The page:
For all we talk about the lack of diversity in mainstream cinema — and, make no mistake, it’s a conversation worth having — the multiplex often looks like a veritable melting pot next to the art house. Occasionally a Belle or Dear White People will slip through, but too often, small-scale, human stories by and about people of color are ignored by indie-minded distributors and/or audiences (of all colors). It’s a big problem. Luckily, Ava DuVernay has a solution.
When the publicist-turned-filmmaker started AFFRM (African-American Film Festival Releasing Movement) back in 2010, it served what she now calls “a selfish function”: to get her debut narrative feature I Will Follow into theaters. But once she set up that conduit between festivals, theaters, and audiences, she used it to distribute more work by African-American filmmakers (including Restless City, Kinyarwanda, and her second film, Middle of Nowhere). Late last summer, the company rebranded itself ARRAY, widening its focus to include women filmmakers and directors from around the world. Today, ARRAY’s first two releases begin their rollout—and yes, you should see them because it’s important to support such an effort. But you should primarily see them because they’re very, very good films.
Japanese-American filmmaker Takeshi Fukunaga’s Out of My Hand is bookended by two similar sequences, methodically detailing a man doing his work. That man is Cisco (Bishop Blay); in the opening, he’s tapping a tree in a Liberian rubber plantation, and in the closing, he’s changing the tire of his New York cab. In the 80-ish minutes that separates those scenes, Fukunaga details how he went from one place to the other, a portrait of a life that plays as much like documentary as drama.
Yet the film is not without conflict. Cisco and his fellow workers attempt to go on strike for higher pay and better conditions, which causes considerable trouble in their homes; later, in New York, Cisco encounters a mysterious figure from his secret past, who threatens to upset the delicate balance of what he’s created. “There are ghosts in this world,” he tells another cabbie. “They follow you.”
Yet there’s no more at stake in that conflict as there is in the quiet tension between Cisco and a wealthy passenger who himself hails from Liberia, and over-tips the driver a bit too generously. The push-pull that follows is agonizing, as Cisco insists the passenger “take what is yours”; there’s so much pride and identity tied up in that tiny transaction, a moment in which the smallest of dramas becomes all-consuming.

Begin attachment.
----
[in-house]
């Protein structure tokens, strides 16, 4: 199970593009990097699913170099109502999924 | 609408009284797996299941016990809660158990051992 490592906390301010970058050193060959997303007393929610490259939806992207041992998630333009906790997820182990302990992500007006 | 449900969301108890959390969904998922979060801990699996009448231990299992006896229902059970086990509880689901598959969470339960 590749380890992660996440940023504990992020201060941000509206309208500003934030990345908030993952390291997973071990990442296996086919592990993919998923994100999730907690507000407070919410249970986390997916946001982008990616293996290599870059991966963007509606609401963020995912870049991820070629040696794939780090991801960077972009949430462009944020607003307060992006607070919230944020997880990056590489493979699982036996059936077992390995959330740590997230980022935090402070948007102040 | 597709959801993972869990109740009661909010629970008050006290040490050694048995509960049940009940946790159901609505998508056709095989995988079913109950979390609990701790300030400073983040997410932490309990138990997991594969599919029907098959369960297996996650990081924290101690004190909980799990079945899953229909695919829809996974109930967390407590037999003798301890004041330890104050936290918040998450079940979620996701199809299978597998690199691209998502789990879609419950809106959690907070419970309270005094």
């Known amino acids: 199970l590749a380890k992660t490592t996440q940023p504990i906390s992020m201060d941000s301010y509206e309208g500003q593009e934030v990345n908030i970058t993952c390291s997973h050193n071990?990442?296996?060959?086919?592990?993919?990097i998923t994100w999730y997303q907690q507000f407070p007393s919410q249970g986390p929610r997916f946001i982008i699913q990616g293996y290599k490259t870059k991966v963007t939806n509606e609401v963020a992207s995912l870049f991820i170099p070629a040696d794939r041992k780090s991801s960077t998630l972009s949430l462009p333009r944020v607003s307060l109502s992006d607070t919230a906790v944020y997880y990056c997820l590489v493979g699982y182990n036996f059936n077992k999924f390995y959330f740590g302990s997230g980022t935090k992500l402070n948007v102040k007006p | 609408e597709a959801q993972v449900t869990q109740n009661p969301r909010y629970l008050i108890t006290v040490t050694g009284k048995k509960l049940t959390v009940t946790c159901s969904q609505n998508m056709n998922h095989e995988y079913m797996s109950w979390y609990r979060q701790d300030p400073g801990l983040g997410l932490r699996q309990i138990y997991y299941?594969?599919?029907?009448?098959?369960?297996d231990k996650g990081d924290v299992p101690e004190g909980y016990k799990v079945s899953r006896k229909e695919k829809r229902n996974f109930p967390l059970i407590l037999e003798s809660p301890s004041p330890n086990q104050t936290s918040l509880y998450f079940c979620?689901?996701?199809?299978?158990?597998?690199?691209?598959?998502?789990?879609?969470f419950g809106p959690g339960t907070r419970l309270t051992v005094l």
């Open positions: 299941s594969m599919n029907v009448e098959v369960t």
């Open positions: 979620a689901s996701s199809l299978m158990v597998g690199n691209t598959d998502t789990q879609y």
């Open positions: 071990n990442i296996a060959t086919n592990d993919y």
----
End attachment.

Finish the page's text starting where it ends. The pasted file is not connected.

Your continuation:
Such moments are similarly plentiful in South African filmmaker Sara Blecher’s Ayanda, a vibrant, energetic, colorful story of a young woman who restores furniture in her late father’s garage, only to find herself taking over the business to keep it in the family. It’s an uncommonly rich picture, constantly spinning off in unexpected directions: hopscotching gingerly between coming of age story, romance (Ayanda and one of the mechanics have a hinted-at past, an uncertain future, and plenty of heat right now), character study (Fulu Moguvhani is heart-wrenching in the title role), and the complications of familial dynamics.
Such element cross colors and cultures, but Ayanda is also evocative of its particular time and place, and the psychological effects of living there. Casual corruption is constantly rearing up, from crooked cops and parties closer, and there’s something narratively up-for-grabs about how the setbacks keeping coming; accustomed to American movies, I found myself reflexively assuming the situation will turn itself around. But such assumptions aren’t quite as common elsewhere, are they?
These films are full of insights like that, from the offhand details of everyday lives to the casual way characters slipstream between dialects and languages. Both pictures are far too enjoyable to classify as cultural broccoli, as some sort of obligation, but you do learn little things from each of them—about these people, and what their world is like. And that calls to mind Roger Ebert’s famous statement about the true value of cinema: “Movies are the most powerful empathy machine in all the arts. When I go to a great movie I can live somebody else’s life for a while. I can walk in somebody else’s shoes. I can see what it feels like to be a member of a different gender, a different race, a different economic class, to live in a different time, to have a different belief.”
Great movies do that, but too often, the tentative souls who pull the levers and push the green-lights forget it, opting instead to assume that moviegoers are only interested in reflections of the lives they’ve led, or fantastical flights of pure fantasy. It’s a staggeringly small-minded notion of what this art can do; after all, as DuVernay asked Melissa Harris-Perry recently, “Who wants to be in a room by themselves?” DuVernay and ARRAY are filling a void, and as usual, the only way to prove the powers-that-be wrong is with your movie-going dollar.
“These are the kind of stories that are completely marginalized,” she says, “out of the box in terms of what Hollywood wants, and we say, Hollywood doesn’t determine what we want. We determine what we want.” Amen to that.